Home / Film / The Disaster Artist: Oh, hi Mark

The Disaster Artist: Oh, hi Mark

The “Citizen Kane of bad movies” gets its own tribute film. The Room defies belief at its sheer lack of logic, ridiculously bad acting and baffling production decisions. You don’t need to take my word for it: we had a first-time viewer retrospective on this site. James Franco now directs and stars in a film chronicling the fateful meeting of aspiring actor Greg Sestero and the mysterious madman Tommy Wiseau that led to the creation of The Room.

James Franco plays the insane and idiosyncratic wild card Wiseau. He’s clearly put a lot of effort into capturing the uncanny and at times outright unsettling demeanour of the man. His mastery of the weird somewhere-in-Eastern-Europe accent is also seamless. A gruelling amount of effort clearly went into recreating scenes from The Room, especially Wiseau’s performance. Sestero is in fact played by James’ brother Dave Franco. This is of course the more grounded of the two roles, less showy and distinctive. That’s not to say seeing this relatively normal young man fall into the orbit of someone so profoundly strange against all better judgement isn’t interesting and he provides a very necessary perspective on this lunacy.

In many ways, the film is a narrative about a strained but ultimately loyal friendship

The Disaster Artist does, it strikes me, have a bit of an existential issue. To established “fans” of The Room, this is certainly an interesting and entertaining curiosity but most of its value comes from paying homage to that film. It cannot, by any comparison, channel the same protracted weirdness and kitsch appeal of the real thing. To a viewer who has not seen the film, I do wonder if there is enough of a buy-in to sustain interest in the film. Of course, that was not my own case so perhaps The Disaster Artist will prove a valuable stepping stone for the uninitiated to experience The Room. Not that the context or behind the scenes insight will explain away anything.

The other major issue is that, for all the strengths of The Disaster Artist – a genuine affection for its subject, some very well-studied performances – it has an aggressively mundane approach to the way this story is presented and structured. James Franco’s Wiseau is every bit as strange and creepy as he should be, but there’s little stylistic verve to the film overall. It is sensible, of course, to not try to recapture the incompetent madness of The Room’s cinematography, editing, and narrative, but by the same token, the way the film is shot is only ever functional. The actors alone make the film notable rather than any virtue of the editing or direction.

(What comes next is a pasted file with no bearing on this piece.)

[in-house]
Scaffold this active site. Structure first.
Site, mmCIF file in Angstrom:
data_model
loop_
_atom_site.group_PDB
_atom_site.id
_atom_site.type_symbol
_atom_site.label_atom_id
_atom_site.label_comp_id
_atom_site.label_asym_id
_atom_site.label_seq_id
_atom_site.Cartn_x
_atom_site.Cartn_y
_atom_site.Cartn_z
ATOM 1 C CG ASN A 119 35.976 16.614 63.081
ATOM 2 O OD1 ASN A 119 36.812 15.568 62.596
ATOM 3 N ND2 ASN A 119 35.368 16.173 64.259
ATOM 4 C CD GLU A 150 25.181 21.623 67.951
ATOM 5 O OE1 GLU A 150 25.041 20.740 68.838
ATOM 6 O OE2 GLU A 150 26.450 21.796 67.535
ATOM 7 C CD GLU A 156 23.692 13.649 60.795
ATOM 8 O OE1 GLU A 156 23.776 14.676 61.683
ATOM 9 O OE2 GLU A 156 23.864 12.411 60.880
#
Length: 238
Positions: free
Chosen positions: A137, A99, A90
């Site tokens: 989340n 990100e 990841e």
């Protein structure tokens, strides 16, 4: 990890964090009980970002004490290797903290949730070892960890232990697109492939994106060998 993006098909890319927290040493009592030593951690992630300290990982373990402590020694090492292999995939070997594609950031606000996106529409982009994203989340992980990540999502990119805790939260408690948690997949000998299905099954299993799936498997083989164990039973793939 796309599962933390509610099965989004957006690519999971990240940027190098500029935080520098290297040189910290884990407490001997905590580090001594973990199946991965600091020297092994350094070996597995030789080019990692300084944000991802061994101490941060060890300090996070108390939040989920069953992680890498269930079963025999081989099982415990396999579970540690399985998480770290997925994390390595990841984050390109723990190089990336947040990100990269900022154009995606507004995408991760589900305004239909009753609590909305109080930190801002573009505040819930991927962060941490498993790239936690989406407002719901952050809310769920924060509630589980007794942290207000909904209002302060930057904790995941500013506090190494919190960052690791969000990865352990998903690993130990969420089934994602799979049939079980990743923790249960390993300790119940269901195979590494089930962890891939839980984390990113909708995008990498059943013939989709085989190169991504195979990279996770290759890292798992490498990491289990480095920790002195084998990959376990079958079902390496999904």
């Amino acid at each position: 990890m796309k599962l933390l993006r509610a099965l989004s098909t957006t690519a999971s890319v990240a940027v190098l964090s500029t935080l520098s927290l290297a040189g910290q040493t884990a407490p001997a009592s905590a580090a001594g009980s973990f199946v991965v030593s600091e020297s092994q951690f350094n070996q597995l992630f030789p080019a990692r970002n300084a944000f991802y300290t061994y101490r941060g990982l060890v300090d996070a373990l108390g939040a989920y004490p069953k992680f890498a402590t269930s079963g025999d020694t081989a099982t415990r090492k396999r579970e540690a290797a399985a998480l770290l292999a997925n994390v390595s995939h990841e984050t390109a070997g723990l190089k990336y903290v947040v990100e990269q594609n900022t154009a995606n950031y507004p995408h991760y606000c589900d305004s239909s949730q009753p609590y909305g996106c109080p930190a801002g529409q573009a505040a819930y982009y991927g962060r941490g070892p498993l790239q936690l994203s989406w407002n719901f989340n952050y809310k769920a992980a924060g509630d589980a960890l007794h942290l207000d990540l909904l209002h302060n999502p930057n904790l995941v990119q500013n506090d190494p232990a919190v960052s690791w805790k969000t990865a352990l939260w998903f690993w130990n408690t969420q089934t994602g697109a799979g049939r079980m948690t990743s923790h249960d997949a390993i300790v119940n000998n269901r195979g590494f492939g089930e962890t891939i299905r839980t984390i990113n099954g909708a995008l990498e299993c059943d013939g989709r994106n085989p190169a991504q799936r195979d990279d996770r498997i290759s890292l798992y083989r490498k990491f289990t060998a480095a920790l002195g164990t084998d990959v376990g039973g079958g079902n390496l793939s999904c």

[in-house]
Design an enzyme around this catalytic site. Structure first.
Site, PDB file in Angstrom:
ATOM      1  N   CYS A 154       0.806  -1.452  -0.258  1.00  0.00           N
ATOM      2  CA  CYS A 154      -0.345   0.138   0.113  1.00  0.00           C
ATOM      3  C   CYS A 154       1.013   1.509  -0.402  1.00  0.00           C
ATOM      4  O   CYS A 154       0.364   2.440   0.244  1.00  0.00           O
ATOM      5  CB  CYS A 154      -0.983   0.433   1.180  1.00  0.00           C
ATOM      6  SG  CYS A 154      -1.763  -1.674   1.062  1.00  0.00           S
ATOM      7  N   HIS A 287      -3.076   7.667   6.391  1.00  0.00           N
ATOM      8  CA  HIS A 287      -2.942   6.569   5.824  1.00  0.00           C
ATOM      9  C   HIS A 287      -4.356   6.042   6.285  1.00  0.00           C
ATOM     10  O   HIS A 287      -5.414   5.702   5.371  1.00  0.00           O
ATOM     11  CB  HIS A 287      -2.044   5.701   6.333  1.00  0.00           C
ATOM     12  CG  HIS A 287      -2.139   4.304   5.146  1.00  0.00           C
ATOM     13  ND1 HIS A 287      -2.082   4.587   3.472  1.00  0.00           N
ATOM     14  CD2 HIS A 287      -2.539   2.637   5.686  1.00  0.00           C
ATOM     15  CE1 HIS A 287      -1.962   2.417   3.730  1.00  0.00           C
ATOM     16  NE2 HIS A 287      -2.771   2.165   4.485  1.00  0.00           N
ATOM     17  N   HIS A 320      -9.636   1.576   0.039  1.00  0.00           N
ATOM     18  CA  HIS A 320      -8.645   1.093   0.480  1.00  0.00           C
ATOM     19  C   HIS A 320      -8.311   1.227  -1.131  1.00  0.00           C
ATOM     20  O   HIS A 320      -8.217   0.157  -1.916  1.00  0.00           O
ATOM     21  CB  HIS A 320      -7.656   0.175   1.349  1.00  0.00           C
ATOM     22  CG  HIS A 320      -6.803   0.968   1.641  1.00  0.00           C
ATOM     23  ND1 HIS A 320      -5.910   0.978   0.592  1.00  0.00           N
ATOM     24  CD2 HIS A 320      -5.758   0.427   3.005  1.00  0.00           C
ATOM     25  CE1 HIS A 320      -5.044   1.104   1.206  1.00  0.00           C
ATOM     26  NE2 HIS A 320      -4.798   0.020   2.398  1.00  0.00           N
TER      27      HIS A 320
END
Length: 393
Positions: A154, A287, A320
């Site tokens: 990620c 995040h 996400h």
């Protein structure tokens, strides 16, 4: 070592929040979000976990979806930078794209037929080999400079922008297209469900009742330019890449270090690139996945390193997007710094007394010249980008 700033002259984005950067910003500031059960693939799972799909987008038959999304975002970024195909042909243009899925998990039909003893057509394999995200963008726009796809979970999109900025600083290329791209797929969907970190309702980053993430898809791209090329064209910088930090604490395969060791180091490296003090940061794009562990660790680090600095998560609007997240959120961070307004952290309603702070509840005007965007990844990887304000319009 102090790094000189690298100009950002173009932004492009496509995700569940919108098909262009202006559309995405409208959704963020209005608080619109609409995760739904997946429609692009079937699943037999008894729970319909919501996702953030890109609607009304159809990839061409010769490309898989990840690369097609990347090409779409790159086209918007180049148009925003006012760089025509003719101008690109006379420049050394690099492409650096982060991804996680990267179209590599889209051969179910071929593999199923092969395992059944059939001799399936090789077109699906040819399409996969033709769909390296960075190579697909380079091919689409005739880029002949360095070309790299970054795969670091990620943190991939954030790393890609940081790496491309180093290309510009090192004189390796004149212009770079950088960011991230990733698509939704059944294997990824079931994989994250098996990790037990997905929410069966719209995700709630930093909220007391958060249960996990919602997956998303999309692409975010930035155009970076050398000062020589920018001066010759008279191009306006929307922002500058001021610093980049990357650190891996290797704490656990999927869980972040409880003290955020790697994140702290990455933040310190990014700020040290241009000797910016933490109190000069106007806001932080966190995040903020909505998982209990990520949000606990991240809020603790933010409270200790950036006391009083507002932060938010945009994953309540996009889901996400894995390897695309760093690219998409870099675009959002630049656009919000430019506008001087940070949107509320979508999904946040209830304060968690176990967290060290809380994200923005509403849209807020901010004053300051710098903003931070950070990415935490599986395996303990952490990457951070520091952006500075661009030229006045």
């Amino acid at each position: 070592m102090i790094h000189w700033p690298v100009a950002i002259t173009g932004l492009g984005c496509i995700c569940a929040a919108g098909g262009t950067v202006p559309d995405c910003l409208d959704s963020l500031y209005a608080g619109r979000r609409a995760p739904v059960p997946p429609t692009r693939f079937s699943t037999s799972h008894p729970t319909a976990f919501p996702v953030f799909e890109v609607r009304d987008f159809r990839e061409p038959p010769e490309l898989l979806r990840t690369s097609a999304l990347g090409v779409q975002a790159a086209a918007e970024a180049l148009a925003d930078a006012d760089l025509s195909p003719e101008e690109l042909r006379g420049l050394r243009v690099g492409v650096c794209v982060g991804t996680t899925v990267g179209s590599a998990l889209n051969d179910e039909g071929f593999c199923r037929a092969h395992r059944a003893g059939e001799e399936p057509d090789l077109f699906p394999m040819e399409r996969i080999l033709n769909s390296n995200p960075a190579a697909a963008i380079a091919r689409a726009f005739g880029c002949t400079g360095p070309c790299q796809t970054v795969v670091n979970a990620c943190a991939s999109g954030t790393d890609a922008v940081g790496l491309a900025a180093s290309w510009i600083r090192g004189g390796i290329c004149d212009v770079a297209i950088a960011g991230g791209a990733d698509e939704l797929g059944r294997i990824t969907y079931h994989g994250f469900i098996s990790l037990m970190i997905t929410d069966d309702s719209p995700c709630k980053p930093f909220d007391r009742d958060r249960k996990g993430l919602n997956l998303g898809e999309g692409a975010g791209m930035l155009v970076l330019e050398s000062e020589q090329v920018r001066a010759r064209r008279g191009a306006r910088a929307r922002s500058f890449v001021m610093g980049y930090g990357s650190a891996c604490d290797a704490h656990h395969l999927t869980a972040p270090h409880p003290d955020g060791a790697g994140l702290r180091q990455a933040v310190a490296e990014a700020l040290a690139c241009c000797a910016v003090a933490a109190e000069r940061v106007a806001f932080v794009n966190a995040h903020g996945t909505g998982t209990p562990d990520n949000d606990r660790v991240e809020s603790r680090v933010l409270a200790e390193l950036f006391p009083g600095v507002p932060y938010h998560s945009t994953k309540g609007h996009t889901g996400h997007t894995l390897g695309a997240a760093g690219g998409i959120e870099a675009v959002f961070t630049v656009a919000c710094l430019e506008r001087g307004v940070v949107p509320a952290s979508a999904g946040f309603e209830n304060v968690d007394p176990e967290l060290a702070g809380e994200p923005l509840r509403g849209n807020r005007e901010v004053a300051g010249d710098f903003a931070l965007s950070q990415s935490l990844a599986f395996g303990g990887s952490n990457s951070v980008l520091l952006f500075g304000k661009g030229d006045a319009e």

You can expect the usual wealth of cameos from Franco’s Hollywood crew

Take, for example, the “I did not hit her…” scene featured in the trailer above. That precise cut is not the one used in the film. In the trailer, the edit is taut and snappy, with the music pounding along and cutting out as appropriate to maximise humour. Nothings revolutionary, but primed for its purpose. The same scene in the film itself is bulked out, the music doesn’t really coincide with the events on screen in the same way and the pay-off feels weaker. Not incompetent, but indistinct.

The Disaster Artist is far from being a bad film. I laughed and enjoyed myself throughout. But by virtue of its relationship to a far more iconic (sort of) film, it does become dwarfed by comparison. Beyond its central performances, nothing about its production stands out particularly. I can imagine this will be a rewarding though not hugely memorable outing for enthusiasts. No doubt the subject matter will baffle a few newbies, but others will be drawn into watching the cinematic monstrosity at the centre of this story. Not entirely sure if that is a good thing or not…


Verdict: An entertaining but indistinct look at one of the worst films ever made.

About Fenton Coulthurst

Fenton is an occasional writer and journalist. He primarily writes on film and culture. His articles range from film reviews, to coverage of literary festivals and even comic book history.

Leave a Reply